Basics of Court Forms

When you take a case to court, you must file legal documents that tell the court what the dispute is and what you are asking for. Both sides of a court case must then file more documents giving the court the information it needs to make a decision. There may also be court hearings or a trial where you can present witnesses or present your case verbally, but the written documents you file are a crucial part of any case. Without them, there would be no case in court. 

Judicial Council Forms

To help you make sure that your court documents have the information the court needs, the California courts have created a set of court forms called Judicial Council forms. These forms have boxes you need to check depending on your situation, have blank spaces for you to provide information, and give a lot of other information to both you and the court. Some of these forms are adopted (using them is mandatory) and some are approved (using them is optional, which means you must still provide the information requested on the form, but you can use a different form or just write up the information without using a form).

There are Judicial Council forms for many civil and criminal cases. When you need to file anything with a court, you should always check to see if there is a form for your exact legal problem. Click to find all current Judicial Council forms.

Click if you cannot find a Judicial Council form for what you need to do and need a non-form pleading.

How to find a court form

Forms are either state forms or local forms. Most forms used at court are state forms and are on the state judicial branch's California Courts website. Local forms are usually available on your court's website. Or you can call or go to the clerk's office and ask for the local form you need.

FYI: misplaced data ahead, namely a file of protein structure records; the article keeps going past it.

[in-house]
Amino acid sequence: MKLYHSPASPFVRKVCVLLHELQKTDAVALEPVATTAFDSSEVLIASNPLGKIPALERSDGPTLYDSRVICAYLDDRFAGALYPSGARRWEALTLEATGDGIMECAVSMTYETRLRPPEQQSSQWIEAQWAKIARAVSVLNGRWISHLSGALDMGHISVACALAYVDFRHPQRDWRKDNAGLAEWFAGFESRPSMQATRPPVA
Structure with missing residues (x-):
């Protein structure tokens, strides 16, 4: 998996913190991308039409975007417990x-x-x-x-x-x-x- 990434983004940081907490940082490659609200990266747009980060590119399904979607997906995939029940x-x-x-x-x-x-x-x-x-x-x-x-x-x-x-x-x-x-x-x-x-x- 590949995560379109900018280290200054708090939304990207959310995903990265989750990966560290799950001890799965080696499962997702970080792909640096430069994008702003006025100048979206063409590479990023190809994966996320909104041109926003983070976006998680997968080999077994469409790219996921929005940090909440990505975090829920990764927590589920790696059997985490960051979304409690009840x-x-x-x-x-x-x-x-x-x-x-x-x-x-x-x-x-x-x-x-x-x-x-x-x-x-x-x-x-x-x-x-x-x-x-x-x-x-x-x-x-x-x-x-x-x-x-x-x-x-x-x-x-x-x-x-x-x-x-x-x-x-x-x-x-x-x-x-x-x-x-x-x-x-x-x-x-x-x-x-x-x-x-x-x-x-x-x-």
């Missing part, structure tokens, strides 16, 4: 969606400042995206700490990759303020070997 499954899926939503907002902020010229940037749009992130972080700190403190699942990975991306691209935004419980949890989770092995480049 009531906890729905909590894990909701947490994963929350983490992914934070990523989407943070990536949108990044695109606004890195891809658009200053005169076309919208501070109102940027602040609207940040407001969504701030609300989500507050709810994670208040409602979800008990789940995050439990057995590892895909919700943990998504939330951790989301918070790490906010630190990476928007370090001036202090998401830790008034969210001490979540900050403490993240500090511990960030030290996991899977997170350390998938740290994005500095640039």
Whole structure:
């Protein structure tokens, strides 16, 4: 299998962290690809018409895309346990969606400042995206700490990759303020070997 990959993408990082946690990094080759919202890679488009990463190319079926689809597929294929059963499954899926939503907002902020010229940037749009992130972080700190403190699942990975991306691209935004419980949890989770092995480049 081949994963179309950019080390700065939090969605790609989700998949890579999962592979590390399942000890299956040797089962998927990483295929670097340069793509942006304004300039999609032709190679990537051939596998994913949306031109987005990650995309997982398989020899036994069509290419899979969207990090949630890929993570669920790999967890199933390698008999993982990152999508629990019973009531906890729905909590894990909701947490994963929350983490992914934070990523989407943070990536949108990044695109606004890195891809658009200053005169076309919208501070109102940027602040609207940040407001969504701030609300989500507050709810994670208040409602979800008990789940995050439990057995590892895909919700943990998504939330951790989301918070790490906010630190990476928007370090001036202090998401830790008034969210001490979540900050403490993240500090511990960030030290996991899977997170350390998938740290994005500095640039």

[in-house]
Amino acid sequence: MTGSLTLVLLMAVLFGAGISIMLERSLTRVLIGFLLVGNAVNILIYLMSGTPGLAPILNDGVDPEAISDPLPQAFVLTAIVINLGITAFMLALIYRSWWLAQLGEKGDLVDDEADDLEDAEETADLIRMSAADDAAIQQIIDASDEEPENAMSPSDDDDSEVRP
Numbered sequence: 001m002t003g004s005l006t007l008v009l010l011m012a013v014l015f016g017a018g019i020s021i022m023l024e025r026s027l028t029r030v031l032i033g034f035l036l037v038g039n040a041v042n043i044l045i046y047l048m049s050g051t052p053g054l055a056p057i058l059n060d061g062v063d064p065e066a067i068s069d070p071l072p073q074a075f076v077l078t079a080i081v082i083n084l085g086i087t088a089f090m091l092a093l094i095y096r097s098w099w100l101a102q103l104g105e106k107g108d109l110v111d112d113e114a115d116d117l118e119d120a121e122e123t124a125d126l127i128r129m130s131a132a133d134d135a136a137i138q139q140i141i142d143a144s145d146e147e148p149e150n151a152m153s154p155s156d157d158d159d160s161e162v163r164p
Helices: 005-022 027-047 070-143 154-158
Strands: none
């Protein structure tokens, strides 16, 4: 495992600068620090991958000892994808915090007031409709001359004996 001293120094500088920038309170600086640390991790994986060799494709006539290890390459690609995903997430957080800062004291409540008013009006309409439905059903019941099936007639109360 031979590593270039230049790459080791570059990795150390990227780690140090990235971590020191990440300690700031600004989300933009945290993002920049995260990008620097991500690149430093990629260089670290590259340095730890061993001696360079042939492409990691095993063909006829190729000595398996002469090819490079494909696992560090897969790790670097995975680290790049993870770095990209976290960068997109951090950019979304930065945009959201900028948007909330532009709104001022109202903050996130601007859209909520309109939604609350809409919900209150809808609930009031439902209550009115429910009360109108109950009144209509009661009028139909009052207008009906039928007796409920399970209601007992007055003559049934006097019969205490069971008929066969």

To find Judicial Council forms online:

  • Go to Browse All Froms
  • From the dropdown menu you can choose a group of forms according to the topic your case is about, or, for example, "All Forms Listed by Name" to find all the Judicial Council forms in alphabetical order.

Note that when you see the list of forms, there is a column of form numbers. If you click on the form number, you can either print out the form blank or fill it out online and then print it. Click if you need help understanding how to fill out forms online.

To find a form when you do not know exactly what form you need, you can read the section of this Online Self-Help Center on the topic relating to what you are trying to do and you will probably find the form number and name that you need as well as a link to the form. For example, if you are looking for the form to start a divorce, go to our section on filing for divorce or legal separation. There, you should find instructions that tell you that you need to start with the Petition - Marriage (Form FL-100 | video instructions ) and the form number will be linked to the form itself.